Hecho en la República Argentina Página Axxón Axxón 127 Hecho en la República Argentina

F i c c i o n e s

Christopher Stires

Versión en español

I was already awake when Hondo tapped my cheek with her monkey fingers. As I had been for the last hour, I was lying in my cot, with my eyes closed, half-listening to the pre-dawn chaos stirring outside in the forest. I was remembering a woman I knew all too briefly back on Earth during my real life and wondering what might have been. Usually I didn´t dwell on the past. Now however, on the hunting party´s first day together, it seemed best to recall the past than to ponder what was coming.

Hondo patted my shoulder then my chest.

"I´m up, fuzz face," I said, opening my eyes.

Hondo leaned her furrowed muzzle closer toward my face to make sure I didn´t roll over and go back to sleep. Her breath was hot and moist. God, she was relentless. I smiled to show that I was really awake. She didn´t start chattering as usual or tugging on my arm until I fixed her breakfast. She whimpered, and looked at the Remington military shotgun I had hung on the wall rack. The weapon, except to be cleaned, had not been out of its case in weeks. Even with her limited dwarf-ape intelligence, Hondo knew this venture was different from the others.

This would not be a cam-cord safari.

I scratched the curved horn on her forehead as I sat up on the edge of the cot. Instead of purring, Hondo waddled past me and lifted my pillow. She nodded, then put the pillow back. She was checking that her stuffed dolphin was safe. Last night, when the shuttle arrived from the mining base, she had taken the dolphin—her favorite toy since she was a pup—and hidden it under my pillow. I´d never seen her do that before.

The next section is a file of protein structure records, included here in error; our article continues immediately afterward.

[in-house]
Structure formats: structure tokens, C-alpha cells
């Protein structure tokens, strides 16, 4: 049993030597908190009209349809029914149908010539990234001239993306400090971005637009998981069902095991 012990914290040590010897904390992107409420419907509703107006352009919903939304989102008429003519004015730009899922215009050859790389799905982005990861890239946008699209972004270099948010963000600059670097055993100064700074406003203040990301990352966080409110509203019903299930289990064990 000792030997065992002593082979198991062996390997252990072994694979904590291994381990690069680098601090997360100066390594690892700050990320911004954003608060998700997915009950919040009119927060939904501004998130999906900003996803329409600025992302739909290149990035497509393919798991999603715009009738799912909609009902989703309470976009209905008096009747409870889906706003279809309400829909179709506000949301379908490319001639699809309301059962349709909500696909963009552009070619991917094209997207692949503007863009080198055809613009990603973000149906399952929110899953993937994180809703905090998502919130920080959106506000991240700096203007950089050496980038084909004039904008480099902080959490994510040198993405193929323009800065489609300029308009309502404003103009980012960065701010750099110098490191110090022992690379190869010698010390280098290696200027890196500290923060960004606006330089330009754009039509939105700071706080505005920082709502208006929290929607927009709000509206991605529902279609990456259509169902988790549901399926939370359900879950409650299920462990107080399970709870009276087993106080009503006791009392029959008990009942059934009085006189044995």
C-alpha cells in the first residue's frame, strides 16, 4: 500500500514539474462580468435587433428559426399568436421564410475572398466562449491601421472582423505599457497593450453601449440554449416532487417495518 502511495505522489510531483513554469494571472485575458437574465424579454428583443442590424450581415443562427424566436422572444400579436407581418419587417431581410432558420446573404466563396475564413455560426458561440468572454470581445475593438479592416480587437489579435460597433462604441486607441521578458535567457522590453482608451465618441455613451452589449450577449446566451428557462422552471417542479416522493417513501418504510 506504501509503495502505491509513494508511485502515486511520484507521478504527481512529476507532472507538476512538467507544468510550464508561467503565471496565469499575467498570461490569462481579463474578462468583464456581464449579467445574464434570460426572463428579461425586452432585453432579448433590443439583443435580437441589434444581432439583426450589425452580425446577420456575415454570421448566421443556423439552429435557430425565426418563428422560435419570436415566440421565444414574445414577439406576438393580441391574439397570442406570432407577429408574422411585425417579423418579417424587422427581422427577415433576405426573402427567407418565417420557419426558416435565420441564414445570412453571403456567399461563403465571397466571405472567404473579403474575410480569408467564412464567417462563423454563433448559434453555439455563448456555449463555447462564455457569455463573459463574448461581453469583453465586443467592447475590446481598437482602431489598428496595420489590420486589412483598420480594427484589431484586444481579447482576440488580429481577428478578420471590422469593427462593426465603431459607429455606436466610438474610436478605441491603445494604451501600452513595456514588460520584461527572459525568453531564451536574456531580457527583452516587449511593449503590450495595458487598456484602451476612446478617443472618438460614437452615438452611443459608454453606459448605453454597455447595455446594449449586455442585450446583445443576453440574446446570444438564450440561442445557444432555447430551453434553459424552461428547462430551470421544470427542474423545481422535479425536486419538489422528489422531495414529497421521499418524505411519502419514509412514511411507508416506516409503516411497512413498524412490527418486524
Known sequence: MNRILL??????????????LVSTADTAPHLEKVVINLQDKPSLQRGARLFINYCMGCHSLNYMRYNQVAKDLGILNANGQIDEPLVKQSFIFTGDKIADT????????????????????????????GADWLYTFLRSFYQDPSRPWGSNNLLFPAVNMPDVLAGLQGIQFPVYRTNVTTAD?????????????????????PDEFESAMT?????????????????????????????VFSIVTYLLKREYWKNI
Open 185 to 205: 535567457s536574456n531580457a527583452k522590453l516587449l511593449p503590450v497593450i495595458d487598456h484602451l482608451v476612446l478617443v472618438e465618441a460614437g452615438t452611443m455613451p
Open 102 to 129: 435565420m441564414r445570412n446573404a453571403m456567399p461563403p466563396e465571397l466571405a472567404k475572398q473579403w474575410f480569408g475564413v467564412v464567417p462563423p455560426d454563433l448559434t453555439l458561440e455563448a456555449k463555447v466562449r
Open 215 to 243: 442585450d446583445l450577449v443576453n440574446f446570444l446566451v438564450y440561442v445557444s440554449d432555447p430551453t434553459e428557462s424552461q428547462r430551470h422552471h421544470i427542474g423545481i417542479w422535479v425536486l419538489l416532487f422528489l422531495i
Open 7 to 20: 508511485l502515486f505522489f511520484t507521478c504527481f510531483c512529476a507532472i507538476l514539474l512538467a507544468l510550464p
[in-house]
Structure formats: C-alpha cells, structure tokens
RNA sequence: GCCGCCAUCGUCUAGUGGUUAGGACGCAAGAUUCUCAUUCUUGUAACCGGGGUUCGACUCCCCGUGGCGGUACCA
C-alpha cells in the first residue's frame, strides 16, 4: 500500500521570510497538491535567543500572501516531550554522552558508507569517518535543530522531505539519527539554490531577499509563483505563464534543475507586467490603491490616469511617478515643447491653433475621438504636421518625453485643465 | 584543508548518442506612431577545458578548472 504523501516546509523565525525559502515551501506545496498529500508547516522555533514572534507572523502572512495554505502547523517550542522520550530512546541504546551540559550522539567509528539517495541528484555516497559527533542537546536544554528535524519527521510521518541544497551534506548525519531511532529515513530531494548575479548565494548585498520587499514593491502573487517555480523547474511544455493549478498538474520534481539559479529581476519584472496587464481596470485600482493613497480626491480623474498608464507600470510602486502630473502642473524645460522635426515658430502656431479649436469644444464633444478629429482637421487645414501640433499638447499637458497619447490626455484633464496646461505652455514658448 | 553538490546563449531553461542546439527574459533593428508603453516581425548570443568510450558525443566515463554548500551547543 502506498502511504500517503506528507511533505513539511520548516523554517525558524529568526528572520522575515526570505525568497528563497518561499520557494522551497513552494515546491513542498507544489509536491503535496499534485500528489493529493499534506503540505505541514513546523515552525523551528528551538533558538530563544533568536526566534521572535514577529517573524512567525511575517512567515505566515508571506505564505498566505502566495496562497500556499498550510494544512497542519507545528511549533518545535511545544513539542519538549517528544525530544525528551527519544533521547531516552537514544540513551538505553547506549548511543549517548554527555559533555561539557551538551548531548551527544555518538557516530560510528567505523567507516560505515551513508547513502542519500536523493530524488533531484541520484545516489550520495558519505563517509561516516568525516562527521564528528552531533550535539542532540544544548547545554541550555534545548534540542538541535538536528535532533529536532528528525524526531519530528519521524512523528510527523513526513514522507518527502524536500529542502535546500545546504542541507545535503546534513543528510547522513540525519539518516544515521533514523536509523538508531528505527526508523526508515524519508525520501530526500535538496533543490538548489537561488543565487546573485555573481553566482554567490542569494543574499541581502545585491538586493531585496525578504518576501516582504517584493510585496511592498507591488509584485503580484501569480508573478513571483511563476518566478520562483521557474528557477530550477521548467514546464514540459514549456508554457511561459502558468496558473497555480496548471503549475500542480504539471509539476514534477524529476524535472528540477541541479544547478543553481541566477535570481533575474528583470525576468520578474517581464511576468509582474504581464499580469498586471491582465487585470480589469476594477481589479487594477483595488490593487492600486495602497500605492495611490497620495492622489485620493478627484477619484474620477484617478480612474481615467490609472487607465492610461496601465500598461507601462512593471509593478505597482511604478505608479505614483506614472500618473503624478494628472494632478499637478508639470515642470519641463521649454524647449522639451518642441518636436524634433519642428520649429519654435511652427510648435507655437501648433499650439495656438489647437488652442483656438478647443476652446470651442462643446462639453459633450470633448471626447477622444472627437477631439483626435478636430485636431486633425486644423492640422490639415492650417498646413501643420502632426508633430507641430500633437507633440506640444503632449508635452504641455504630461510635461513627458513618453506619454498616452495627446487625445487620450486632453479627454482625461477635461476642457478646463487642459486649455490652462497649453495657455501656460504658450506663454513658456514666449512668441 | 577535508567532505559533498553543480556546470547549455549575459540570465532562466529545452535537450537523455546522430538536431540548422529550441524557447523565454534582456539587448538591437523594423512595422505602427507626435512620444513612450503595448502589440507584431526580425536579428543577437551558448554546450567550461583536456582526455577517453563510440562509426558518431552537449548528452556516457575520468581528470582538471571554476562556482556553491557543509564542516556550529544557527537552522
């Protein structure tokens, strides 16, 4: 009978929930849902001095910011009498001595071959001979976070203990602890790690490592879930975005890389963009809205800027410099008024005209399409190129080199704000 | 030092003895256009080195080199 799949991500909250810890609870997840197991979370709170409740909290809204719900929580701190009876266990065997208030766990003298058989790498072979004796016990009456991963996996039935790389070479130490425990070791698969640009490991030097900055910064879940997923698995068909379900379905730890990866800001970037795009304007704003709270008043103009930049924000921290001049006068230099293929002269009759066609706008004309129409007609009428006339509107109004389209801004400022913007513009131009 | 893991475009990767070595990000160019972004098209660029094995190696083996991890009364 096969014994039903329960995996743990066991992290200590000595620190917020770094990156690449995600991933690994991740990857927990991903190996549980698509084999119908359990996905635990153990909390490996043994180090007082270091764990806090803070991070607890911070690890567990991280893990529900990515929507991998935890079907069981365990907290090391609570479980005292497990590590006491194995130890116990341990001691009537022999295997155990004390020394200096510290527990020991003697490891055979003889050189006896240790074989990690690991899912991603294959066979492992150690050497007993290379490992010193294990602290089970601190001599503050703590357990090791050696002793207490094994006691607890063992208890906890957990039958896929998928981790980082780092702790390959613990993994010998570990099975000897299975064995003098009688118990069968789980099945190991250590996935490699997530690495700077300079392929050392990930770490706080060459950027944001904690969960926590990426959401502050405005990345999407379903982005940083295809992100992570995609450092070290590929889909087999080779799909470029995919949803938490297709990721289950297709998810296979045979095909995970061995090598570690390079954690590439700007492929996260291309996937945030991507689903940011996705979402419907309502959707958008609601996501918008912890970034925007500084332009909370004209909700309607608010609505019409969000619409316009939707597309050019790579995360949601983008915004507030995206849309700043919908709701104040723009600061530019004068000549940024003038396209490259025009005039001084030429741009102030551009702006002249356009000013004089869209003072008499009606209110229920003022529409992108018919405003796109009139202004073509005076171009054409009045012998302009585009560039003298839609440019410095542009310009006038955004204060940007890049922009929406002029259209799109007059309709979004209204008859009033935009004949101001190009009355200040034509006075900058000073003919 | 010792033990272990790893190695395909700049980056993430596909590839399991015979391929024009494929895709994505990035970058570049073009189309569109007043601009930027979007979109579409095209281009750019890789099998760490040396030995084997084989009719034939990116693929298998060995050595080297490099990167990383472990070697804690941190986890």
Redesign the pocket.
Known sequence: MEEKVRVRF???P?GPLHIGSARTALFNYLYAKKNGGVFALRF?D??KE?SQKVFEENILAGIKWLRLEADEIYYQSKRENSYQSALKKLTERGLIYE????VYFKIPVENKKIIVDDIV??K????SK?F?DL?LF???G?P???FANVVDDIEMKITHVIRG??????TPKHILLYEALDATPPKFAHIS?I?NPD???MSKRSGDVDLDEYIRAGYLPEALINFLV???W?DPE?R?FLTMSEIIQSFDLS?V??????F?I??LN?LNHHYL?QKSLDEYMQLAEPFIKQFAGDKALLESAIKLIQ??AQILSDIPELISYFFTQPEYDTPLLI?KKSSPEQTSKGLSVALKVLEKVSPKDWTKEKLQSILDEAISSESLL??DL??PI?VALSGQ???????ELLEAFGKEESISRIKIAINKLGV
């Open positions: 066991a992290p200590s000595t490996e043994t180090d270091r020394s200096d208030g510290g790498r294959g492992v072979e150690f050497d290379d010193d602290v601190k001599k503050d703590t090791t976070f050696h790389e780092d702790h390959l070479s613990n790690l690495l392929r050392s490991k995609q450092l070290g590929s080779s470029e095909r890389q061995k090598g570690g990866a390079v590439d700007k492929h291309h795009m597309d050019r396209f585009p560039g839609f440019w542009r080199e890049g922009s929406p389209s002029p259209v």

Rising to my feet, I glanced across the lodge to the guest quarters. The double doors were open. Tashtego and Quinwall were still asleep. Pike´s bunk was empty. The corporate troubleshooter was up already. I thought I´d heard someone moving about earlier. I turned toward the kitchen bay plex. Outside, at the end of the walk, near the stream, the fluorescents in the shower-house were blazing. No foresight at all. She should have been resting like her hired killers. The day would be a long one with more likely to follow.

Hondo sighed and pointed at my uneaten supper on the noc-table.

Pike strolled from the shower-house. She was shrouded in a thin, hooded robe with a MarsTel logo branded over the breast pocket. Her legs and feet were bare. Didn´t she realize where she was? Didn´t she understand what the word ´wilderness´ meant? If this was an example of her common sense then she would be lucky if she ever saw her corporate cube again. I could only hope that she didn´t take me down with her.

I stepped onto the lodge veranda as Pike moved up the walk. In another time and place, I would have considered her attractive. She reminded me—with her green eyes and short-trimmed dark hair—of the woman I´d been recalling earlier. But that was giving her qualities she didn´t possess. I knew Pike´s type too well. Her job was her identity.

"I´d forgotten how refreshing a water cleaning can be," she said, turning toward the dawn light feathering across the horizon. "Beautiful country. The trees alone are worth a fortune back on Earth."